Lunch was at the Crystal, where Mason confirmed my faith in him by falling as deeply in love with it as I. But poor Blake was sleep-deprived from his late-night arrival and early morning bedwetting, and a chocolate milk to one unused to such luxuries was not the best balm to his spirit. When he ran out before the food arrived, he demanded another, and by the time my tuna melt had arrived he'd had a little meltdown of his own. I spent a fair amount of time at lunch trying to coax him back inside the restaurant, asking him to sit down, reminding him to eat, hugging him when he cried and fending off his attempts to relieve his bruised feelings by throttling me. Preacher made a big deal about how slowly I finished my sandwich which earned him a caustic reply softened by a smirk; yes, I'm a slow eater, but if anyone else at the table wanted to hug Blake and risk the sudden choking, I didn't see any hands go in the air.
It was at some point at lunch when the subject of my mouse-ridden house came up. Preacher & Martha offered me their cat, a sweet tempered blue who has been unhappy ever since the puppy moved in. At first this was a joke: ha ha, an allergic couple is bringing a cat across the border! Then Martha offered a new litter box and the chance to return her in a month if it didn't work out. "Ok," I said cautiously, "but if I want to give her back, I don't want to hear any sassmouth."
"With us there's always sassmouth," Preacher replied. He picked up the cheque, and the deal was sealed.
Our gorgeous morning turned grey as we ate, and we hurried home to avoid the rain. Martha & I left the various boys to their various devices & went off to buy a camera. At Sam's, the only D60 left was the display. Not being particularly snobby about getting a product pre-smirched by little fingers, I asked about a discount. What they knocked off the sticker price was enough to pay for a carrying case & a smoking memory card. I was ecstatic. I floated through the rest of our errands, buying sheets and allergy meds but dying to get to an outlet and begin The Charging. After The Charging would follow The Insertion of the Memory Card and then! The Taking of Many Pictures.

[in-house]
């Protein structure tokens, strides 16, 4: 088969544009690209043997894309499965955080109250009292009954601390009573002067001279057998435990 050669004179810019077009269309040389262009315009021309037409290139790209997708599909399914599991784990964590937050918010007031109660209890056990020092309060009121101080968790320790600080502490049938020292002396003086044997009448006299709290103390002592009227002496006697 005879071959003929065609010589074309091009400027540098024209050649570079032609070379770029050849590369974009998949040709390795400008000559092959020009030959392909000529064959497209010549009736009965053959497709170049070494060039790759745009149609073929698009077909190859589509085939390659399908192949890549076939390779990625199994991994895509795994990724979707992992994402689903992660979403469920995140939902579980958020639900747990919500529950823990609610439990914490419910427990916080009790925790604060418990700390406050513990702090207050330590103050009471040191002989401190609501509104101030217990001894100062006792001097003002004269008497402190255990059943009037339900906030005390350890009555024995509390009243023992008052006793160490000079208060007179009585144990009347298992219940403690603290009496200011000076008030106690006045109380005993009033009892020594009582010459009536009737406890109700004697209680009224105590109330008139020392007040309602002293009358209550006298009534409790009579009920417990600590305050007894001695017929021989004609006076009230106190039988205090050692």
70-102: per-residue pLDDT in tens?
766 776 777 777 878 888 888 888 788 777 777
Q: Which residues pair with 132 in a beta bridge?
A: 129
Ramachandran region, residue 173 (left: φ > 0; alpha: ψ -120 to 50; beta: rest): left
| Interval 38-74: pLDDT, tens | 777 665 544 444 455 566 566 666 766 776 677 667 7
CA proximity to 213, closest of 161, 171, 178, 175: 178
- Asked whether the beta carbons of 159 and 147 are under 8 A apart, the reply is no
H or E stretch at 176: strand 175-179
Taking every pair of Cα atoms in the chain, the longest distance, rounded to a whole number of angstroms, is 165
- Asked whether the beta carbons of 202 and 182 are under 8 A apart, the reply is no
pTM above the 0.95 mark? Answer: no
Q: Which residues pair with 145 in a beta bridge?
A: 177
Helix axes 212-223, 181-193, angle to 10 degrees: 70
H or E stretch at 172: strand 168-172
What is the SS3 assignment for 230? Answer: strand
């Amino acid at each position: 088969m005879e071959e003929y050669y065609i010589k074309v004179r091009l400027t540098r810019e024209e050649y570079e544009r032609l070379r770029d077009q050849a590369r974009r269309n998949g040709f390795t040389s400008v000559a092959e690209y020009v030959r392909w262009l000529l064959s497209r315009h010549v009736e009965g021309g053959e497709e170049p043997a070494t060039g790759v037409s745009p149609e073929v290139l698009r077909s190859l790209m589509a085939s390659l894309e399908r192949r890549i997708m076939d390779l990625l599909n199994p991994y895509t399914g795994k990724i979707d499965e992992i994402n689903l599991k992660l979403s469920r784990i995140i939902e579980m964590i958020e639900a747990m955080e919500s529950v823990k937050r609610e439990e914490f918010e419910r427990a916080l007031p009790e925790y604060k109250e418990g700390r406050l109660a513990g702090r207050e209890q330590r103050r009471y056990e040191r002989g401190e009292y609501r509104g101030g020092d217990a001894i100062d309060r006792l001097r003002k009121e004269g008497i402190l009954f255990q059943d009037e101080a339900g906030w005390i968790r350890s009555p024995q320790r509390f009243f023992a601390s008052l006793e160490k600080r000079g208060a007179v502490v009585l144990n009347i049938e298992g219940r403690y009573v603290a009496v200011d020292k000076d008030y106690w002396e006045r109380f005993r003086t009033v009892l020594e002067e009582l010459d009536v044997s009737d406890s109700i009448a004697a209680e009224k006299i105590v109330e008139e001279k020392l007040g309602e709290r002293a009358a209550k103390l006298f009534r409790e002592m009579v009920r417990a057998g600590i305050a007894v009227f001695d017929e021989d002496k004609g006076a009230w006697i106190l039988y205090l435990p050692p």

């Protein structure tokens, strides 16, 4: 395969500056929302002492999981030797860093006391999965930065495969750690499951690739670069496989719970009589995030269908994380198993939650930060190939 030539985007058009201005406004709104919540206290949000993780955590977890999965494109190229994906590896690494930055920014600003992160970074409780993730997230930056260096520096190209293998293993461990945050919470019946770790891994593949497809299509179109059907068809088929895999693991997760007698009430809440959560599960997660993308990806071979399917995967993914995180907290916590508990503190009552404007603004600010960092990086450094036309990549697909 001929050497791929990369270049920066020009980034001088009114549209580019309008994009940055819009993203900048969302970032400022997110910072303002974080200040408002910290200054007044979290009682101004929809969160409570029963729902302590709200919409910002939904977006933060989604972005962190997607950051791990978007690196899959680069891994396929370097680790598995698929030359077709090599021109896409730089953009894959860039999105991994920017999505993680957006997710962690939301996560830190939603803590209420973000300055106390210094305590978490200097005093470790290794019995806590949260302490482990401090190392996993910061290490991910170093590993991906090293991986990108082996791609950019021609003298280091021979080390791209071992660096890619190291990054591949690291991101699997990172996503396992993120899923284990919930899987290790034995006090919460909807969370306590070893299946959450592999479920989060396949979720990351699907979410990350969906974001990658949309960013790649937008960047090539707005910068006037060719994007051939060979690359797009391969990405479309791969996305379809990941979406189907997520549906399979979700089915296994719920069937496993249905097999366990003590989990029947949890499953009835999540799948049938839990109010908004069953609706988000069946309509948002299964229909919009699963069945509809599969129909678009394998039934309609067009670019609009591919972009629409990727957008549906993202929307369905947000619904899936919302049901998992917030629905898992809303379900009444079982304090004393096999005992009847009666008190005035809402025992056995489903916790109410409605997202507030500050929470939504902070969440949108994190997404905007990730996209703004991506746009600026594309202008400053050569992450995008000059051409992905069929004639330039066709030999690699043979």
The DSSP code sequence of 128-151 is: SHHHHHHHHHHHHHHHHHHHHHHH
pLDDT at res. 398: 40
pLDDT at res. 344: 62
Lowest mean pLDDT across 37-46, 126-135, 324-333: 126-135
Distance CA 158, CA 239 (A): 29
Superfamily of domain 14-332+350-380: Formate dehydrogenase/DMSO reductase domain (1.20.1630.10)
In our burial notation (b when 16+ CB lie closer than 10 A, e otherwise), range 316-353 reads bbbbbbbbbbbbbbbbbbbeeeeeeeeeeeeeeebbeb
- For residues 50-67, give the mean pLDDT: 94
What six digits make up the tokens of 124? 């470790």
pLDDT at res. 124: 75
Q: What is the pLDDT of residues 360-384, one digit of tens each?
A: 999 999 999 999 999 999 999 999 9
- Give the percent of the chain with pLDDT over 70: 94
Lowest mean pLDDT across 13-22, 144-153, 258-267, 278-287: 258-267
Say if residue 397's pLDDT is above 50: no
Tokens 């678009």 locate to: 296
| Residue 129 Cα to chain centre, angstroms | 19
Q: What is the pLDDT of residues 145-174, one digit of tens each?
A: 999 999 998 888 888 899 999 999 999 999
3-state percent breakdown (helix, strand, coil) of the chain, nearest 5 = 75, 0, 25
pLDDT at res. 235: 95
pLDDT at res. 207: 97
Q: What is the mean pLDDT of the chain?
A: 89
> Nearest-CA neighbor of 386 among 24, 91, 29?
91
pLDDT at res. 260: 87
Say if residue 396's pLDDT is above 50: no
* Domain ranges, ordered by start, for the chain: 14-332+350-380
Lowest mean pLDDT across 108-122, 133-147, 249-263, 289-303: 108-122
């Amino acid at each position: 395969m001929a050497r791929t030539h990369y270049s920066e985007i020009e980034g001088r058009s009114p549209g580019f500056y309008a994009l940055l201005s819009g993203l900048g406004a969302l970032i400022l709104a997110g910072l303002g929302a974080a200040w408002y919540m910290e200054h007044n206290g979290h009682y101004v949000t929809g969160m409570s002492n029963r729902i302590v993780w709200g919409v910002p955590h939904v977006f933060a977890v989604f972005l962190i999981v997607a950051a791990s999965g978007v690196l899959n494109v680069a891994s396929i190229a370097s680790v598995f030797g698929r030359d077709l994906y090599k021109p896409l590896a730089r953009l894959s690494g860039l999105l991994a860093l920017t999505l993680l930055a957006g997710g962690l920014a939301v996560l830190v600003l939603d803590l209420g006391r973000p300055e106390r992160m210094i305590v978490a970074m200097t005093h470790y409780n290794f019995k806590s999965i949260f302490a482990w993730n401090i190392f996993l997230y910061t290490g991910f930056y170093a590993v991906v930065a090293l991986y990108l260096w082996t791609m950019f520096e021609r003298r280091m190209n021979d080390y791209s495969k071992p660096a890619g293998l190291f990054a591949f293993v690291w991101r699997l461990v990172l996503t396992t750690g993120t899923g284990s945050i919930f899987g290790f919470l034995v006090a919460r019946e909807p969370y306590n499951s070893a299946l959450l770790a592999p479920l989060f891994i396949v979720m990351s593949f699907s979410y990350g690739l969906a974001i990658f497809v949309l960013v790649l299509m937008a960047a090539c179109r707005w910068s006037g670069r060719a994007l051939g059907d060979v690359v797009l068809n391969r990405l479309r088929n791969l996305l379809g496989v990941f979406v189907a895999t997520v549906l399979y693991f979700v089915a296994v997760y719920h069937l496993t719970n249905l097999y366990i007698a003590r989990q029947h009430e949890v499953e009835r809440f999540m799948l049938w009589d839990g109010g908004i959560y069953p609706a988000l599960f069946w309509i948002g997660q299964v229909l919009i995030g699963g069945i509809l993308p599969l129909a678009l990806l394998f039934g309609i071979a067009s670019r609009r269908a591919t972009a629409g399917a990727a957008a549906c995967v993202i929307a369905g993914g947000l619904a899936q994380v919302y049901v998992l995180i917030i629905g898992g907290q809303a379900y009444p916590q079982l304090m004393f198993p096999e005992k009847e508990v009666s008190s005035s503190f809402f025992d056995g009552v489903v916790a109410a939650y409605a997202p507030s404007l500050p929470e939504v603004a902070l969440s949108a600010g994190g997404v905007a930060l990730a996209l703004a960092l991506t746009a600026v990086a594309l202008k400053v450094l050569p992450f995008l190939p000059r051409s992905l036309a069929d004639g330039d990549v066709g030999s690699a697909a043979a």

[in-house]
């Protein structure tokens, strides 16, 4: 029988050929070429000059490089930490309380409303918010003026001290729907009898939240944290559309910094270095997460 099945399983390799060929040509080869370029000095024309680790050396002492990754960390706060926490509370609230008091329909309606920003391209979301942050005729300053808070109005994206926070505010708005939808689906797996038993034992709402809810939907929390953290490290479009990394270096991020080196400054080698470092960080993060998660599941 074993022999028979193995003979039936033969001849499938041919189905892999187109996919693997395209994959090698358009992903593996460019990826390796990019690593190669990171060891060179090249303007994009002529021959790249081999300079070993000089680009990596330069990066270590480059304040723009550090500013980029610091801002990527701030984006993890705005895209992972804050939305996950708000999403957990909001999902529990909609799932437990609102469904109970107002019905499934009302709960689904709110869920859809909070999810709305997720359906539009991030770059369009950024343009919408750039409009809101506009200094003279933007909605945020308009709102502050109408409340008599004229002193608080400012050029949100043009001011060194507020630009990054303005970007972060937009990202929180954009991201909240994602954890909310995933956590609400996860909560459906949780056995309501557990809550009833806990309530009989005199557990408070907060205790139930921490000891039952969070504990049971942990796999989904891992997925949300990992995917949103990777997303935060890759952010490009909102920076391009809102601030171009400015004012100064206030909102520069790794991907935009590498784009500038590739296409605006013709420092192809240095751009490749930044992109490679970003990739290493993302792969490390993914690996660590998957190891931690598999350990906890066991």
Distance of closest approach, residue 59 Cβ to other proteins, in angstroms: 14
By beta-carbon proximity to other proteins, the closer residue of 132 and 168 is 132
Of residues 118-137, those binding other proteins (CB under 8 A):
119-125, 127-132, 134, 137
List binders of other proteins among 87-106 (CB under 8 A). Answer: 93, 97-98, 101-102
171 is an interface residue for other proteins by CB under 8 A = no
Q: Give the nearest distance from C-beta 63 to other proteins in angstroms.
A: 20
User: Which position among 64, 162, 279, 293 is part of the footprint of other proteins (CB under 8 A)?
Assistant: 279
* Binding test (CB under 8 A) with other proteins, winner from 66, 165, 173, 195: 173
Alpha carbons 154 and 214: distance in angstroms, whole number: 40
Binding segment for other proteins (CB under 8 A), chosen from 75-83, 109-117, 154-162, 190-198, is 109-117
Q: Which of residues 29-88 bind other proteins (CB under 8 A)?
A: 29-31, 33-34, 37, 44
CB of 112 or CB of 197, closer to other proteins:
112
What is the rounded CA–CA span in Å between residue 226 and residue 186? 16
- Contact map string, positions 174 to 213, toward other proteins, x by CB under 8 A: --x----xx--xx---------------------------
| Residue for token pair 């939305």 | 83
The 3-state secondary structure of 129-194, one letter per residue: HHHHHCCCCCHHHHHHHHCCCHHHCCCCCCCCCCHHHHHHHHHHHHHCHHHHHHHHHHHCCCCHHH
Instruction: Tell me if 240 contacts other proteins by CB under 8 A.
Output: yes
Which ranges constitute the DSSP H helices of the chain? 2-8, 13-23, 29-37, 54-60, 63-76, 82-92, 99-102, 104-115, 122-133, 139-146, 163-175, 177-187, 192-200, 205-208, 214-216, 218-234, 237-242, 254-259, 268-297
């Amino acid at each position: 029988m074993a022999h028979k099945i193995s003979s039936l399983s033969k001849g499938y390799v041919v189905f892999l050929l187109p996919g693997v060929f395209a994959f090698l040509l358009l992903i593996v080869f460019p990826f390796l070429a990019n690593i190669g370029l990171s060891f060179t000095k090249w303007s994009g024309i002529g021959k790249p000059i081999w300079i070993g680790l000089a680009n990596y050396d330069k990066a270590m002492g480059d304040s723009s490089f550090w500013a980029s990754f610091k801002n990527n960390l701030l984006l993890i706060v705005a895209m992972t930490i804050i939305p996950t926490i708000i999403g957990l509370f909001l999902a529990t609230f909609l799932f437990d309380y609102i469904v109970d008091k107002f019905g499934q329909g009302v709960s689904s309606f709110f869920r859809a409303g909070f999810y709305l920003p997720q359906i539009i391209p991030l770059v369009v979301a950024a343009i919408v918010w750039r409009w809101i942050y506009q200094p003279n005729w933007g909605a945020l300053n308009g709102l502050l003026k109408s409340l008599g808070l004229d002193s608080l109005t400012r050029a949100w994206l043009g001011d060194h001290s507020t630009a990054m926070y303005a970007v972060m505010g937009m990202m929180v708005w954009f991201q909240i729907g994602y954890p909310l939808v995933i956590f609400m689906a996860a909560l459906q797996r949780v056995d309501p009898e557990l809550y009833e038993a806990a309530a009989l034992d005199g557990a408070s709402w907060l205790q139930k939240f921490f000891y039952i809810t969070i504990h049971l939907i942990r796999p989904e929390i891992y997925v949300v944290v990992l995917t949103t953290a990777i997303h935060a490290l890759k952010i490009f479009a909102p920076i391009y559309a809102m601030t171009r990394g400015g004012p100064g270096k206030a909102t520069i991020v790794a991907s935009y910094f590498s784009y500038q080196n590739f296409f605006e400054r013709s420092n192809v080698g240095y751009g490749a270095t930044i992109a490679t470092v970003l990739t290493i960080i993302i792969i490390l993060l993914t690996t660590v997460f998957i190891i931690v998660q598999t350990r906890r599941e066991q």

But. My beautiful new (slightly sticky) camera would only take two half-pictures before the shutter quit completely. I was crushed. I walked out to the backyard, where Preacher and Mason were in the early stages of a bbq.
"My camera is defective," I announced. "I need a beer and a cigarette."
There were many consoling hugs, and promises that it would all get sorted out tomorrow after church. We decided that I would do a straight-up return/refund; later Martha offered to check out the Sam's Club near her church. These things being tomorrow's problem, I shoved aside the disappointment and we concentrated on getting supper into the boys with a minimum of spray, crumbs, dawdling and breakaways to fetch small toys. After dinner we piled into the cars and went to Sackett Harbour for ice cream cones, the final element in my comfort triumvirate (tri-comfor-ate?). And also, when the boys were put to bed, I had the added joy of the fire pit, a perpetual memorial to Preacher's mom that, not un-coincidentally, gives light, heat & primal soothing.